COAL: 1991 Dodge Spirit R/T, Part II • Oh, Grow Up!

My first headlamp upgrade had been on my ’65 D’Valiant ( part Ipart IIpart III). By the time I got the R/T, I thought I knew all of what I thought was a very simple binary: Euro-spec = awesome superior upgrade; US-spec = poopy inferior junk. That’s wrong; the reality is a lot more complicated and nuanced—almost whatever part of the car we might care to name, both standards have ample room for good stuff and too much room for bad stuff, and “good” and “bad” are defined objectively, even in the real world—but I was in the firm grip of the Dunning-Kruger Effect; I didn’t know what I didn’t know.

So, inspired by Peter’s Saratoga—his red ’90 at that point—I trawled through the factory parts cattledogs looking for BUX items (that’s Built-Up eXport, as opposed to KDX for Knocked-Down eXport) and went on a shopping spree: left and right headlamps, left and right tail lights and the trunk lid appliqué with licence plate holder and lights, left and right sideview mirrors, left and right inner and outer front seatbelts, non-airbag steering wheel centre pad, front frog lamps. I didn’t have limitless money, so I had to draw a line somewhere; I didn’t try for export-spec glass or rear seatbelts or tow hooks. I didn’t chase after height-adjustable front seatbelts or motorised headlamp levelling.

Getting the part numbers out the cattledog was one thing, but actually buying the parts was another matter; I got skunked—sorry, I can’t order that, it’s an export-only part—until someone phrased it another way: that’s an export-only part; I can’t order that without an export-vehicle’s VIN. Oh. Okeh! I copied down the VIN of Peter’s Saratoga from his homepage and put in a call to a friendly parts manager at the nearby Chrysler dealer. Bing-bang-boom, parts successfully ordered. I thought it was funny how they came in the usual Chrysler boxes (“Contents conform to US Federal Motor Vehicle Safety Standards”).

Some of this export equipment was markedly superior to the American-spec parts. The sideview mirrors were appreciably larger, made by a big name (Ichikoh, a major Japanese supplier of lights and mirrors), and spring-hinged. Much better than the miniature, fixed-mounted, generic domestic items. The seatbelts, too, were name-brand items—Bendix—with a considerably less primitive locking mechanism that unobtrusively grabbed the belt even during a spirited (heh) curve or turn, helping to keep me planted in the seat. Nice. The new frog lamps were glass-and-metal Marchal 150s with real (H3 55-watt) bulbs, same as had been used on ’89-’90 American-spec cars until Chrysler got Valeo to make a cheap all-plastic version with a 27-watt toy bulb inside. And I even found the part numbers for the charcoal plastic cover guards made specifically for these frog lamps, only actually shipped with early-production ’89 cars.

Chrysler being Chrysler, the headlamps were still lousy, just differently so. They were sourced from Wagner, known more for cheap than for good. Their glass lenses wouldn’t cloud up like the American-spec plastic ones, yay, but it was thin, weak, fragile glass that pitted and cracked easily, boo. A Canadian company at that time made clear PET (pop bottle type material) guards for the Spirit/Acclaim cars, so I put on a set of those.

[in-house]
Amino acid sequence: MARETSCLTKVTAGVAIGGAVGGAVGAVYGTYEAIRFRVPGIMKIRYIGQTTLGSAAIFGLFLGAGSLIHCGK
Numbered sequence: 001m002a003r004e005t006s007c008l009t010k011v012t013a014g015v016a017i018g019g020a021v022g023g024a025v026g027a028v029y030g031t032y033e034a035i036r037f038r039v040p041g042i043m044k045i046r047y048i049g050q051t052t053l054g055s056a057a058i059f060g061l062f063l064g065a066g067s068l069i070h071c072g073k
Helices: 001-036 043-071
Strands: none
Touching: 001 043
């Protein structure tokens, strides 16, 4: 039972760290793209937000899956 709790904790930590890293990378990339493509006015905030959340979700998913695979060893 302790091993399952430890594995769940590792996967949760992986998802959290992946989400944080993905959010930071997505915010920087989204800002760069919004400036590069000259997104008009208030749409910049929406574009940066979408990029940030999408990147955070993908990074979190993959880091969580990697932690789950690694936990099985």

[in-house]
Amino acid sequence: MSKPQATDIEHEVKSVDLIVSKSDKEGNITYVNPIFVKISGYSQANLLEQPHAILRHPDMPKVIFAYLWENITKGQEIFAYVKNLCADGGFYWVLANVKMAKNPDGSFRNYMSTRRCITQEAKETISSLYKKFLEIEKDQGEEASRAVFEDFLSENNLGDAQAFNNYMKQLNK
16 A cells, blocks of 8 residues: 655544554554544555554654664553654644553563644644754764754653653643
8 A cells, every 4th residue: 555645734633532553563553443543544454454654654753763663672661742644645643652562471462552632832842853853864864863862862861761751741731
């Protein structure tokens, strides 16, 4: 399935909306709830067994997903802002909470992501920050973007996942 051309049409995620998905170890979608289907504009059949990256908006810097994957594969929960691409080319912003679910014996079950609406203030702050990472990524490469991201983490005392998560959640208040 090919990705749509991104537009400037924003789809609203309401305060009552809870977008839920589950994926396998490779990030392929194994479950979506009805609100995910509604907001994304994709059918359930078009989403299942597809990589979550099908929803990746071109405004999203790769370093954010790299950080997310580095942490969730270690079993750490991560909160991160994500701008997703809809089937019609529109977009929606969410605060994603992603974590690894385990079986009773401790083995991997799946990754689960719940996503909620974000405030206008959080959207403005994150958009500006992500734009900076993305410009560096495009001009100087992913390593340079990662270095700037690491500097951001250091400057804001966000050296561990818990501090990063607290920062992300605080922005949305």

The reflectors were hard glass-filled polyester thermoset (like distributor cap material) rather than soft thermoplastic, which at that time couldn’t be used for European headlamps because it would distort so much as it heated up that the sharp low-beam cutoff would be lost. So yay, a more thermally-stable, more precisely-shaped reflector. But boo, that thermoset stuff was brittle, yet on these lamps the bulb retainer clip—a cheap, flimsy spring-wire thing—hinged and hooked on tiny, weak, easily-broken protuberances integrally moulded as part of the reflector. This chintzy bulb retention system broke in just about every possible way over my years of owning cars with these headlamps—sooner and more often when the glass-filled polyester was swapped out for a much cheaper construction, some kind of lightweight, flaky stuff that seemed to amount to rammed papier-mâché with a coating of varnish holding it (sorta) together. The American-spec lamps’ twist-lock bulb retainer was a much sturdier design.

The export headllamps took an H4 bulb, which put out more light (yay) than the US 9004 bulbs, but the H4 system uses only about half the reflector area to gather, magnify, and focus light on low beam while the 9004 system uses the whole reflector, so that’s more or less a wash. No bulb shield in either lamp, another wash. The export lamps had been upgraded a little since the ones on Peter’s car had been made; there was a fairly elaborate vent/drain system, so yay. Both kinds of lamp produced weak and streaky low beams with too much upward stray light causing backdazzle in bad weather, but I found the export lamps’ inadequacies a little less gritching to live with: shorter seeing distance, but wider coverage. They looked meaner, too. I still wished Chrysler had, instead of such bottom-feeding, gone to Valeo (Cibié) for lamps with that company’s advanced, efficient, enormously better complex-surface reflector technology, as they did for the Dodge Monaco/Eagle Premier cars. Or really, any of the other suppliers capable of making something better than low-bid rubbish. Why couldn’t they have sought a package lights-and-mirrors deal from Ichikoh? Oh, right, because Chrysler: make ’em (1) legal, (2) cheap, (3) cheaper, and (4) no, cheaper. Grumble.

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